Woodcliff Lake technology teacher Fred Maltzan does not disagree that there are downsides to the rising use of digital media, but he thinks that students are learning skills they will need in the workplace.

"I see some very positive things," Maltzan said. "These kids are so fast, they can multi-task like I have never seen before. They can do three or four different things at once. To me that's a wonderful skill. It's a skill that they are going to need in the future to be competitive to get jobs.

"For example, texting; many English teachers think texting is a demise of grammar - and it may be - but it's a fast and efficient way to communicate. In the real world, that's what we do. We need fast and we need efficient."

Josh, the Pascack Valley student, is a member of the school's jazz band and BroSquad, an all-male student a capella choir. He doesn't think that his generation's use of digital media is all that bad.

He is a moderate user of technology. Though he owns an iPod, he rarely uses it, he said.

He had a friend change the password on his Tumblr account so Josh won't be able to sign on, and his mother, Linda Walker, takes away his cellphone while he is doing homework.

Still, his preferred mode of communication is texting.

"We use technology to make plans," he said. "We don't just sit around and text each other all day. I still hang out with my friends, we still go to the movies, we still make boyhood memories."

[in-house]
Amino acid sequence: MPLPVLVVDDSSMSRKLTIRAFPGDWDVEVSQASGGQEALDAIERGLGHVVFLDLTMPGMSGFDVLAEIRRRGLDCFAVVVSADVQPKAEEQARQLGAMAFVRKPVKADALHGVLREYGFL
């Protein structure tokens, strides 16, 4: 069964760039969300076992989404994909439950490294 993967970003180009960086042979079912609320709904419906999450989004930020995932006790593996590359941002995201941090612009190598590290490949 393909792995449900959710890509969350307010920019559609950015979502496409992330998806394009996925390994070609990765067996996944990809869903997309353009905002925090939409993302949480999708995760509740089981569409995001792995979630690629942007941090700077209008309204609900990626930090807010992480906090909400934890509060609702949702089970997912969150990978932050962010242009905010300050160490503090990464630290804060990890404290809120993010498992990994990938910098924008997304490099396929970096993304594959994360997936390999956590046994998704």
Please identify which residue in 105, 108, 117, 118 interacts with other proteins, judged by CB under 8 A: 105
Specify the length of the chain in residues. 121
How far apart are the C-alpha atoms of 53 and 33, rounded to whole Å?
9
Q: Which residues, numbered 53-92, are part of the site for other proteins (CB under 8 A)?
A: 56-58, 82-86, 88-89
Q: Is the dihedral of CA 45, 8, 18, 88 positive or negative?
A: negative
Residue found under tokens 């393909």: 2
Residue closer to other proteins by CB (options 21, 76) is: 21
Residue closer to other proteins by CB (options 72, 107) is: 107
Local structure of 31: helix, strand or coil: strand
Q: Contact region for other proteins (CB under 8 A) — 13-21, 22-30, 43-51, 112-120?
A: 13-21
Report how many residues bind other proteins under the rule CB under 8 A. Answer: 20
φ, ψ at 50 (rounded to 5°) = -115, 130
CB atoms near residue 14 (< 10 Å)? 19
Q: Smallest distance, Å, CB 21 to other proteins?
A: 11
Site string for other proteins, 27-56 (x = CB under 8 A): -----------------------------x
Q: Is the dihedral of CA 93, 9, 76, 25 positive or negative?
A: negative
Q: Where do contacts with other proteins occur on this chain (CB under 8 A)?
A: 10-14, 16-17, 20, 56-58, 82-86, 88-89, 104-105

Kersting and Yeager think that parents are part of the problem. Some are essentially using digital media, such as video games, as baby sitters, Kersting said.

"They buy these packages with unlimited texting," he said "The average kid texts two, three, four, five thousand texts."

"There are still a lot of parents who don't understand what the kids are doing these days," Yeager added. "If you don't understand it, it's very difficult to offset some of the dangers."

Kersting suggests a technology-free night or "technology blackout" to help parents and children unplug, even if it is for a short while.

That is exactly what Saddle River parent Linda Rosato does. She has a two-hour time limit on how long her son, 12-year-old Matt, can spend playing video games. Televisions are also off during dinner, and there is a no-cellphone policy at the dinner table.

"You really have to make a conscious effort," she said. "You can't just let life happen to you. You have to set the rules that you think are important, for your kids and for your family."